Branching out into self sufficiency in Suffolk

PUBLISHED: 10:52 21 February 2011 | UPDATED: 18:54 20 February 2013

Branching out into self sufficiency in Suffolk

Branching out into self sufficiency in Suffolk

Claire Graves asks, just how green is the National Trust?

Claire Graves asks, just how green is the National Trust?




For the National Trust, green issues remain on the top of our agenda. Last year we set out stretching targets to reduce overall energy use by 20 percent, and consumption of fossil fuels by 50 percent, by 2020. So the clock is ticking and everyone in the organisation is tasked with making sure we reach that goal.
Simple energy efficiency measures, such as turning off lights and computer equipment and insulating as much as possible, are great steps along the way, and we are all doing our bit.
To reach the 50 per cent target we will also need to look at energy generation on a bigger scale, considering using renewable fuels such as biomass for heat and photovoltaics panels to generate power. Self sufficiency has to be the way forward, but also a return to how our great estates would have been run during their historical heydays.


Energy expert
Miranda Campbell is the National Trusts environmental practices adviser in the East of England.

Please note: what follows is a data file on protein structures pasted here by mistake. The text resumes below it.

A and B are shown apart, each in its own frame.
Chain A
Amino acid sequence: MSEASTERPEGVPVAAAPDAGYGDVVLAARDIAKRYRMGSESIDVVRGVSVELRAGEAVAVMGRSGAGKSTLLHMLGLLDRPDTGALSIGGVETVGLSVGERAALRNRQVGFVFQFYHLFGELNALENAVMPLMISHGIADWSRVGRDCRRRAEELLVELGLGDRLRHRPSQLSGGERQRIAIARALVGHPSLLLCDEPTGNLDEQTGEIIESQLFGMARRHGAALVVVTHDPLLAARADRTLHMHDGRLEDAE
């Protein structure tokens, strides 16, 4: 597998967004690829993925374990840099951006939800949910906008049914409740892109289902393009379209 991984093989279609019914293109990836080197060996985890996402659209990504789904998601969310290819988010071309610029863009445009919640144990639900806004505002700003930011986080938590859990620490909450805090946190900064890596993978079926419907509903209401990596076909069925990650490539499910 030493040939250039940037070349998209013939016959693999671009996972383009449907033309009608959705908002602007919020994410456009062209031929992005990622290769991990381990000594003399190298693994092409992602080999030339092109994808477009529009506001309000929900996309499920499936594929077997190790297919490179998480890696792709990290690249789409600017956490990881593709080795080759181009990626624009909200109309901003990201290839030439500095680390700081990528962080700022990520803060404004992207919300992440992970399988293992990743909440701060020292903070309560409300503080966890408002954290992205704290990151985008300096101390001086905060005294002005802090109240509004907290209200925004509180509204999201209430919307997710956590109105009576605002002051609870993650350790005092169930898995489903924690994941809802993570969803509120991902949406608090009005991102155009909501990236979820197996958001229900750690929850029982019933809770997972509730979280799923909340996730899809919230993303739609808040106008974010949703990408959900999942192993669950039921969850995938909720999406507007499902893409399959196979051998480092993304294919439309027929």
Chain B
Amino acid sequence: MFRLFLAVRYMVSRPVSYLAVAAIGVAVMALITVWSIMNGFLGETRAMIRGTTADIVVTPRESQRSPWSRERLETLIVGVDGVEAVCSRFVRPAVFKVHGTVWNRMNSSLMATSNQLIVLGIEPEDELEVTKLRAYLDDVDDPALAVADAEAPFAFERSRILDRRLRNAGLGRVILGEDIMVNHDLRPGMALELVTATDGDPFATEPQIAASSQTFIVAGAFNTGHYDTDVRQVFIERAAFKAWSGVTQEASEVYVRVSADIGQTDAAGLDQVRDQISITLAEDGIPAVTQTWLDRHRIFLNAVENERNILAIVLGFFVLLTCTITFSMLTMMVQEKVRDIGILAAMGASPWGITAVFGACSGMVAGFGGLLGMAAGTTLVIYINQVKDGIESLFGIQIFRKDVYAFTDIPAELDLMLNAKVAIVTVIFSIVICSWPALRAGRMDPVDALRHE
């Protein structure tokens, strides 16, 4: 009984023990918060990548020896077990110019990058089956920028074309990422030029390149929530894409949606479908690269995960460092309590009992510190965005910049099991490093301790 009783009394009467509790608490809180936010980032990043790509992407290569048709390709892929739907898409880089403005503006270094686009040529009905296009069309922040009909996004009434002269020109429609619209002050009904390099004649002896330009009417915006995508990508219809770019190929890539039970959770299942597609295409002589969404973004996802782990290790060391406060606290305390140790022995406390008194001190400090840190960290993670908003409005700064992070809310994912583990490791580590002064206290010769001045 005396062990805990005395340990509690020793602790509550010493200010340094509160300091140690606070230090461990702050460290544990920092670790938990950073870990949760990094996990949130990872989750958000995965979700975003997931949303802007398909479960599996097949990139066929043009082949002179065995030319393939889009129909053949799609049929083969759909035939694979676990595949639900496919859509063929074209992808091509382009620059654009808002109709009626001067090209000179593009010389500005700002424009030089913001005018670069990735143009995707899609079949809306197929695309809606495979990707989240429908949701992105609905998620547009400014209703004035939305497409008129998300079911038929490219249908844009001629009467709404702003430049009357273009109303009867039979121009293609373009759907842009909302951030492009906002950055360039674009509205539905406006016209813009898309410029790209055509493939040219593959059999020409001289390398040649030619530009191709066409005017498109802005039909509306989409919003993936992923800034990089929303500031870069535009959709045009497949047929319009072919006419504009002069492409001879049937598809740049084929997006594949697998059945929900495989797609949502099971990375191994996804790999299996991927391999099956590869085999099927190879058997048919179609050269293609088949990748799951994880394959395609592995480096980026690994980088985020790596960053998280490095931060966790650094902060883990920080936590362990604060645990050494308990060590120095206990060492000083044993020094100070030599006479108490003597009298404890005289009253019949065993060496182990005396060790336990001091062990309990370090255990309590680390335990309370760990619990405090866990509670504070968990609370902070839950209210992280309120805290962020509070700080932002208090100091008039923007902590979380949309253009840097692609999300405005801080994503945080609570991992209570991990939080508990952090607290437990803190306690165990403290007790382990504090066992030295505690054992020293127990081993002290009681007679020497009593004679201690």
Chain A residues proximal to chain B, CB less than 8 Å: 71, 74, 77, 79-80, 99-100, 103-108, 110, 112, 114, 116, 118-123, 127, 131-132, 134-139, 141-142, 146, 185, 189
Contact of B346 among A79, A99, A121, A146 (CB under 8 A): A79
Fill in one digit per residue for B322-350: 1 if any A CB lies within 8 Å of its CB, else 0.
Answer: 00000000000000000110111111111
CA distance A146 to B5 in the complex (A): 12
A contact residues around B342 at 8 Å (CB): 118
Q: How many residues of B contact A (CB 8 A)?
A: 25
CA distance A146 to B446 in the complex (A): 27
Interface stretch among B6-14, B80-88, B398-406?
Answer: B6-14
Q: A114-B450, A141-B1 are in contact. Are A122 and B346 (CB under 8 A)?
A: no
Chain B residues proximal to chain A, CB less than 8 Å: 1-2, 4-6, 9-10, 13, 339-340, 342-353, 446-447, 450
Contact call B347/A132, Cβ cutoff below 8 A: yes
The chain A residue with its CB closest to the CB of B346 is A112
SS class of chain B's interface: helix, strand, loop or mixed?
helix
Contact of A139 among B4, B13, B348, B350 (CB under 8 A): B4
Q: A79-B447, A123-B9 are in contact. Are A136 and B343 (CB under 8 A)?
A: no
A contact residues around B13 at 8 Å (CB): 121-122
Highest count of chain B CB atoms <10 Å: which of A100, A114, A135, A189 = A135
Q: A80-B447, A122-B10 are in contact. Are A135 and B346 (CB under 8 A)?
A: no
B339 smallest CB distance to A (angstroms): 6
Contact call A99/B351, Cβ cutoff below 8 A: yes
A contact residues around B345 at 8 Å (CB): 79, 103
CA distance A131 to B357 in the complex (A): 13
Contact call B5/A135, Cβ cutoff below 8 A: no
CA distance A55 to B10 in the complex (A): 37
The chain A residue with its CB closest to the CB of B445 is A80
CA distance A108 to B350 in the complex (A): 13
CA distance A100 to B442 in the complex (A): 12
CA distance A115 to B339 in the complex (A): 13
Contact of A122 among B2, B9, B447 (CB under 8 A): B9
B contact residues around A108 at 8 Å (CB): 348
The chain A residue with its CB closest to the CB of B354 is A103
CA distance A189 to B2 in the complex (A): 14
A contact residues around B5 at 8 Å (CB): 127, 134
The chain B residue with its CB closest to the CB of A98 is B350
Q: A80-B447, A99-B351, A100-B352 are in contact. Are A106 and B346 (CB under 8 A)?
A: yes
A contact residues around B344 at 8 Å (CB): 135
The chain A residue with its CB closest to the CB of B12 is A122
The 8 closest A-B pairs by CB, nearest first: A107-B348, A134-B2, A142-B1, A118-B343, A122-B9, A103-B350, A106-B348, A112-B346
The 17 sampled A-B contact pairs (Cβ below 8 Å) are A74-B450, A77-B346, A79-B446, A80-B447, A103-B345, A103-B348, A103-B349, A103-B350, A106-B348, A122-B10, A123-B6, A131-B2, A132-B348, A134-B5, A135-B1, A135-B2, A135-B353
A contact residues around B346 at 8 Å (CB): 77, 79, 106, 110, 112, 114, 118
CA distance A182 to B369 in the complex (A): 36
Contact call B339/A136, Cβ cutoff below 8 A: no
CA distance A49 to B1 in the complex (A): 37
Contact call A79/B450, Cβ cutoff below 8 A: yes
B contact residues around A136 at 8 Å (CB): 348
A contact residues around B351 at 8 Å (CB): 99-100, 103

A 38 year old mother of 19-month-old Isla, Miranda lives in Fressingfield, having moved to Suffolk over four years ago when her husband Alans job was relocated. Three years into her job with the National Trust, Miranda now works part time, juggling motherhood with her career.
I love village life here, particularly having moved from very urban Coventry. I grew up in a village in Hertfordshire, so its good to return to the countryside. It sounds a bit trite but it feels like a privilege to live here the visibility of the stars still amazes me and being able to regularly see wildlife like hares or barn owls is wonderful. We try and take quite an active role in village life, there an extremely strong community spirit in Fressingfield, which you appreciate particularly with a young family.
Initially when we moved here, I continued working at home for my former company for a year before getting this job with the National Trust. As soon as I saw it advertised, I knew it was the role for me. We were members of the National Trust at the time anyway, and had visited many properties, including Orford Ness, so it seemed familiar territory. The National Trust embodies a lot of the principles which I uphold, and is a very unique organisation.



Mirandas role
In a nutshell, my work is trying to reduce the environmental impact of the National Trusts own operations. In reality, my role is incredibly diverse and varies from day to day. My focus currently is preventing pollution, and trying to reduce our use of energy and water.
It has taken some time to understand what our baseline is in terms of the resources we consume. Based on this, Ive helped to develop an energy strategy for the region which establishes the priorities for reaching our ambitious energy targets. I feel it is crucial to be realistic about what can be achieved.